back to article Facebook users subjected to more clickjacking

Facebook users have been subjected to another round of clickjacking attacks that force them to authorize actions they had no intention of approving. The latest episode in this continuing saga, according to Sophos researchers, is a set of campaigns aimed at Italian-speaking users of the social network. The come-ons promise …


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  1. Goat Jam
    Paris Hilton

    Thank you for describing how this works

    Unfortunately, I still don't understand how this works, nor what the target result is.

    "they are forced into registering their approval of the videos using Facebook's “Like” button."

    And? Apart from maybe being "forced" to give some sort of approval for a viral marketing video what harm has been done? Do Facebook users by their very nature even know or care that they have done this? After all, these are the same folk who think that they have 600 friends just because other people clicked on "Friend" at some distant time.

    Or am I missing something?

  2. David 45

    Don't join!

    Not joining this trivia site seems to be the ultimate answer. I find that all this "social networking" malarkey leaves me totally stone cold. I really can't see the point of exposing most of your life on the net for it to come back and haunt you in years to come. Kids don't seem to realise what damage it can do. I try and remain fairly anonymous in my web activities because once the genie is out of the bottle (as loads of "prominent" people have found to their cost), that's it - there ain't no way of squeezing it back in!

  3. Anonymous Coward


    A little known language used by people exposed to extremely low temperatures?

  4. Seanmon

    letters and/or digits.

    Getting fed up of the resurgence of sites that insist on javascript being enabled. Time was, you coded your basic functionality server-side and used javascript for a bit of non-essential (although admittedly often useful) bling. When did the web 2.0 babbies decide to abandon this completely sensible practice? Only themselves to blame I reckon.

  5. david 63

    nail head hit

    seanmon. Well said.

    Browser technology has crept well beyond its original design brief without proper considerationof side effects. So now the naive get caught and the wise cripple their browsers.

    The smarter you make the browser apps the more vulnerabilities are introduced. The current iteration of facebook simply doesn't work with noscript on. does though.

    1. Zero Sum
      Thumb Up

      Glimmerblocker for Safari in place of NoScript

      Thanks to "david 63" for the reference to the mobile version of Facebook that seems to work sans scripts.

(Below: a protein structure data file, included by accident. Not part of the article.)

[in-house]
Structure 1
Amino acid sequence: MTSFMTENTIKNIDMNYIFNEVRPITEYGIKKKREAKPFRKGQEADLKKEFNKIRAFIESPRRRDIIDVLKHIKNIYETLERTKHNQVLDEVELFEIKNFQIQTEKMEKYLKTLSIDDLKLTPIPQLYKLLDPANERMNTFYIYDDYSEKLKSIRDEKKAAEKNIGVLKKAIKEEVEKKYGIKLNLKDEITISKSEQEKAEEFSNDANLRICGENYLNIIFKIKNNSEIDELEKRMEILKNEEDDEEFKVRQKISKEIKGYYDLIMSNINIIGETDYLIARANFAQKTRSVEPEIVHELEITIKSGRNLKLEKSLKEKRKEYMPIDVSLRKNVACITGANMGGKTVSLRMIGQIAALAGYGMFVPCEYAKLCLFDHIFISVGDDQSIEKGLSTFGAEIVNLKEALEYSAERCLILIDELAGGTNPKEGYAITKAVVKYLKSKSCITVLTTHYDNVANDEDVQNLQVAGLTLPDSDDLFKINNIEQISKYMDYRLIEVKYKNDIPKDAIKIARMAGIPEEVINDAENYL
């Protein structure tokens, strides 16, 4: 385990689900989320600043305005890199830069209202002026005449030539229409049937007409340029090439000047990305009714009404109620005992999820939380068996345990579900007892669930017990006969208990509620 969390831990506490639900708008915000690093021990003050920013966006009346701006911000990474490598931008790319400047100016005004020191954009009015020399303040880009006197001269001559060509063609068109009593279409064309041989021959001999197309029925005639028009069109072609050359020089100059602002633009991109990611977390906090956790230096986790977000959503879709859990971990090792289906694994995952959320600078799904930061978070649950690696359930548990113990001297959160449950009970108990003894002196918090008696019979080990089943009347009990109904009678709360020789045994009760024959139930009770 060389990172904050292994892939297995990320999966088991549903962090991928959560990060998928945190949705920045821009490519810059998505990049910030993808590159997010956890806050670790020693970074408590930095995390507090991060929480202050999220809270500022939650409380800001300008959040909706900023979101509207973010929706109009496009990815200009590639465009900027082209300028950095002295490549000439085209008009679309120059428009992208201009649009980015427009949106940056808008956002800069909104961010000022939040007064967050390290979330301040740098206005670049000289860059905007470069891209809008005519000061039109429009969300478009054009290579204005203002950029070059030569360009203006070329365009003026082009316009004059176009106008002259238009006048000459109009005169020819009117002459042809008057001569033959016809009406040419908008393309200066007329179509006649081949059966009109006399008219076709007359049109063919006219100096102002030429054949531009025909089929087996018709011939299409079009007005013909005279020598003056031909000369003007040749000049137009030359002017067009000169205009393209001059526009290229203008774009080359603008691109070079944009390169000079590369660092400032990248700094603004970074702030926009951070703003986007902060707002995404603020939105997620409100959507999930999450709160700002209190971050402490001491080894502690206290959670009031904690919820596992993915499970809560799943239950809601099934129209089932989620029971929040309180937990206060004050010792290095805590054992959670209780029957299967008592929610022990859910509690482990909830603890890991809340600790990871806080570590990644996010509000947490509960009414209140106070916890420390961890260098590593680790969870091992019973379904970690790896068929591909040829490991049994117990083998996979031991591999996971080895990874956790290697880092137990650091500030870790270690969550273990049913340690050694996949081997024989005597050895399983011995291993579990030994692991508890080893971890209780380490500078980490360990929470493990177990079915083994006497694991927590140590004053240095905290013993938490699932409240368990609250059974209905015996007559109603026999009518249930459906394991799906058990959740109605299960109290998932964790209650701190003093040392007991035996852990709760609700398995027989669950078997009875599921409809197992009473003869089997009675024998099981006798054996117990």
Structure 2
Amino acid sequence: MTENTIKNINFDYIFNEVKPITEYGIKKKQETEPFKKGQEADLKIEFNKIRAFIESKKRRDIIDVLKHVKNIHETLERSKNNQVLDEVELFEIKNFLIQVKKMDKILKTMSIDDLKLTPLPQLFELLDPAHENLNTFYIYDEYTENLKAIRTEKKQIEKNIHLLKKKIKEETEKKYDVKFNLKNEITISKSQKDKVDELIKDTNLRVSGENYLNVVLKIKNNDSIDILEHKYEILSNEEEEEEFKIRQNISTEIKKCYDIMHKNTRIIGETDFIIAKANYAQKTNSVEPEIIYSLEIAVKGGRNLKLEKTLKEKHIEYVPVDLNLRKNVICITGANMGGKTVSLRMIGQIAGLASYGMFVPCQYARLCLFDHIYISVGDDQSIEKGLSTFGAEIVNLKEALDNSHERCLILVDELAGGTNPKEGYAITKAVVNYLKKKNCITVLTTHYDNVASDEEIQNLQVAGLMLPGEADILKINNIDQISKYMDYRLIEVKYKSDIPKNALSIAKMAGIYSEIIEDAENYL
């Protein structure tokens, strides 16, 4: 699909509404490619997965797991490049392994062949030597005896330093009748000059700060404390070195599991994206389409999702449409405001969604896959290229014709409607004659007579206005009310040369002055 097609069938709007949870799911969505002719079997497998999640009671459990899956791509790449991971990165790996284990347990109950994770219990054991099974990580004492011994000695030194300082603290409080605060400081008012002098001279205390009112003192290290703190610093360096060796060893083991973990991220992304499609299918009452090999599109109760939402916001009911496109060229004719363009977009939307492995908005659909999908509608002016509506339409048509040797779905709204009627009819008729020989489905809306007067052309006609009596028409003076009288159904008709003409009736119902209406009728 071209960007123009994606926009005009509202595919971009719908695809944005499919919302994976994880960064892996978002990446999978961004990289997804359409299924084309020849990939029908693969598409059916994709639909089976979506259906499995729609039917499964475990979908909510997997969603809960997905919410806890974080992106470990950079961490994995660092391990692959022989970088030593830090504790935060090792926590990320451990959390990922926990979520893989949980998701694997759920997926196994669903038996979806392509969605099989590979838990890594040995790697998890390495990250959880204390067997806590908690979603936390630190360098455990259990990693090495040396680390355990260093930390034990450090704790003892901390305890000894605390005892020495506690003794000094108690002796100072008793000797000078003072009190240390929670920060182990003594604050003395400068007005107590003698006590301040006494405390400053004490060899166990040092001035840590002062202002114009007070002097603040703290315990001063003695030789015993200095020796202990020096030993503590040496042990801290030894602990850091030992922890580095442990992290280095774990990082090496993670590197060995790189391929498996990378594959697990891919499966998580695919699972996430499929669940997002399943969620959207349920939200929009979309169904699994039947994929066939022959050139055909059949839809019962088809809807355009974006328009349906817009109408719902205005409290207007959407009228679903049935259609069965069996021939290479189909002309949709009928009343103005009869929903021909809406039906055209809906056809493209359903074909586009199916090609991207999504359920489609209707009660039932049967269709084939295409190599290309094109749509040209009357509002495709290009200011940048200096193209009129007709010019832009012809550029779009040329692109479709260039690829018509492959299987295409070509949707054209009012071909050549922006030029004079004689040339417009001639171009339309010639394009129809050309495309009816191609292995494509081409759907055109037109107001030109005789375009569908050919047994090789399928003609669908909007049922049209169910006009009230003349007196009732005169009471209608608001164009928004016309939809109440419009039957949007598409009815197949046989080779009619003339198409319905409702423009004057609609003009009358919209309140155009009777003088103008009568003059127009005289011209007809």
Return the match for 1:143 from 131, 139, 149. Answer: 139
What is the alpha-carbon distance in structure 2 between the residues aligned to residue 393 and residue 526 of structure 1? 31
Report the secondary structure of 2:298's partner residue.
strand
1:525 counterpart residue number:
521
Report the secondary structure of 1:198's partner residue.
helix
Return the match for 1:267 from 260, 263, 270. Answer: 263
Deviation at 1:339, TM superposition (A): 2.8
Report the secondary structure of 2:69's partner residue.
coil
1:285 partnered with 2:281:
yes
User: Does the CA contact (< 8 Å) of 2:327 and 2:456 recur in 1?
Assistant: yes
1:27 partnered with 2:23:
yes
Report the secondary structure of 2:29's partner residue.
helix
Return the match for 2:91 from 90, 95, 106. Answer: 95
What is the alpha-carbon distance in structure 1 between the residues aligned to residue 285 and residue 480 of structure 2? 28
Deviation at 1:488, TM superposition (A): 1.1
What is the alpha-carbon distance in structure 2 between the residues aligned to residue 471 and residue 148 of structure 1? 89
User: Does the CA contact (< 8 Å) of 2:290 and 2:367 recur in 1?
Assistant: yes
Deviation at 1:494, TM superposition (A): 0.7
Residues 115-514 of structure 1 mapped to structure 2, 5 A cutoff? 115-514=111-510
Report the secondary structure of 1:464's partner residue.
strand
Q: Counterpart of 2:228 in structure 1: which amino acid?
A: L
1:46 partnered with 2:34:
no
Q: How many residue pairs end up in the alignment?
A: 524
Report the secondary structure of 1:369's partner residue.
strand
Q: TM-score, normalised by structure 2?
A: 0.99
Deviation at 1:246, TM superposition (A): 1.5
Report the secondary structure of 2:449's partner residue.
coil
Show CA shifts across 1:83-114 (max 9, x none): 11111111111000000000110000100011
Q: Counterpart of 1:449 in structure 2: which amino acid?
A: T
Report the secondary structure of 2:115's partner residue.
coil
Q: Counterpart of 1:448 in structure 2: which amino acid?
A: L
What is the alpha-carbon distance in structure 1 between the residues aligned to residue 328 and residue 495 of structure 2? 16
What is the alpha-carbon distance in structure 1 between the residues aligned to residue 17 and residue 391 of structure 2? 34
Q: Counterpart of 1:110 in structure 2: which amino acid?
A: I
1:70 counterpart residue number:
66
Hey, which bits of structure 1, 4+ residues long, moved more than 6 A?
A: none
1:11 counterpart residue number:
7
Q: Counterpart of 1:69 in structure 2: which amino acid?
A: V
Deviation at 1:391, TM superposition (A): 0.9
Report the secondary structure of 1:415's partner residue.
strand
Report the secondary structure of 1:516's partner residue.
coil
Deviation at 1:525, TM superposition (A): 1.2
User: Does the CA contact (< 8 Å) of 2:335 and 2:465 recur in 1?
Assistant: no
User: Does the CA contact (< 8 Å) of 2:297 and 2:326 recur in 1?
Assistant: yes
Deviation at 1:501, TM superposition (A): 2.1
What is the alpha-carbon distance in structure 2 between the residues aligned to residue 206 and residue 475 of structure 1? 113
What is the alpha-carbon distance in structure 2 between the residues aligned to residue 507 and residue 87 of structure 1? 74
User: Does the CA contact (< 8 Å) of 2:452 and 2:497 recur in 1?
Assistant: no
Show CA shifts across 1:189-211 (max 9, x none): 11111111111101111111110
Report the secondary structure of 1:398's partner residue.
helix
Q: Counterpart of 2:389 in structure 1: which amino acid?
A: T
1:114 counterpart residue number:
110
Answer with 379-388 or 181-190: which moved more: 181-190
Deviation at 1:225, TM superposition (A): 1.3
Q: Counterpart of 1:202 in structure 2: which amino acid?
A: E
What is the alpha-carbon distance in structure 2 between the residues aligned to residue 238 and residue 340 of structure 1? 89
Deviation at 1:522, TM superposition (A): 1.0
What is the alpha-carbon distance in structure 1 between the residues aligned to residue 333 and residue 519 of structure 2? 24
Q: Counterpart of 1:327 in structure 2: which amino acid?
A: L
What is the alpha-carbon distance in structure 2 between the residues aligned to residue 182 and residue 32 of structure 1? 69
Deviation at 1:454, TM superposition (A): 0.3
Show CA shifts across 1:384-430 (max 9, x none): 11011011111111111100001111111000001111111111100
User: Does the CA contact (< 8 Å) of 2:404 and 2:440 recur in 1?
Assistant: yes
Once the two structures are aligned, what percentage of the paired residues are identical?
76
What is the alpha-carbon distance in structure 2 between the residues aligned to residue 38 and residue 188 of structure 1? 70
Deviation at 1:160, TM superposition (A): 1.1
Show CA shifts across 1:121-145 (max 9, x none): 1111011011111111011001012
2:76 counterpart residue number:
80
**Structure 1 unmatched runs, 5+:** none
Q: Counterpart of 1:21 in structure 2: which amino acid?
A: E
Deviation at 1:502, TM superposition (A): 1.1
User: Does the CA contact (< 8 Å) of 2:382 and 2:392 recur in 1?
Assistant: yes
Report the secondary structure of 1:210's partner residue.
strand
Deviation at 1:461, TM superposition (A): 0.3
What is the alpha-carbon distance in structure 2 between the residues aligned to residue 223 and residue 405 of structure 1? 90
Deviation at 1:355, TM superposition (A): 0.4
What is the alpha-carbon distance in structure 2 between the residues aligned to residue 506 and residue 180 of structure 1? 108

For Safari, the NoScript equivalent might be Glimmerblocker, which also can put download links on YouTube pages and do address bar searches for Wikipedia, Amazon, or just about anything else.

  6. John I'm only dancing
    Black Helicopters


    Are they in league with the cybercrims? Or are they cybercrims themselves? I think we should be told.

  7. Jon Massey

    How to stop this?

    I'm assuming that to use the "like" feature you have to be granted an API key from facebook, yet I see no way of reporting these malicious pages to facebook so that said key can be revoked...

  8. dssf

    I suspect that facebook got so many "report" clicks

    that they moved the link or diluted its effect.

    One day, we'll find out that a whole department of a social networking site is filled with or infiltrated by domestic government operatives who plant surreptitious tracking. Hell, they may even be so bold as to openly infiltrate and dare any discoverers to say word one about it. After all, the CIA or FBI infiltrated an AT&T office in San Francisco, but it was outted around 2007 or 2008. It was quite messy. In the end, AT&T vacated that building and it seems to have acquired a toxic stigma. Seems to have been vacant for years.

    Who, besides marketing and cold-sales teams would benefit the MOST from having unfettered, invisile access to our accounts? You guessed it. Ever wonder what is up when your "friend" could is 1 or 2 higher than the actual images?

  9. Anonymous Coward


    The internet turd. You step in it and it's impossible to clean off.

  10. Teksquisite


    It is not really "clickjacking" anymore since Facebook recently switched to "iframes." The rogue app can be programmed to contain the iframe. Very sleek and a great improvement for cybercriminals over the old clickjacking technique.

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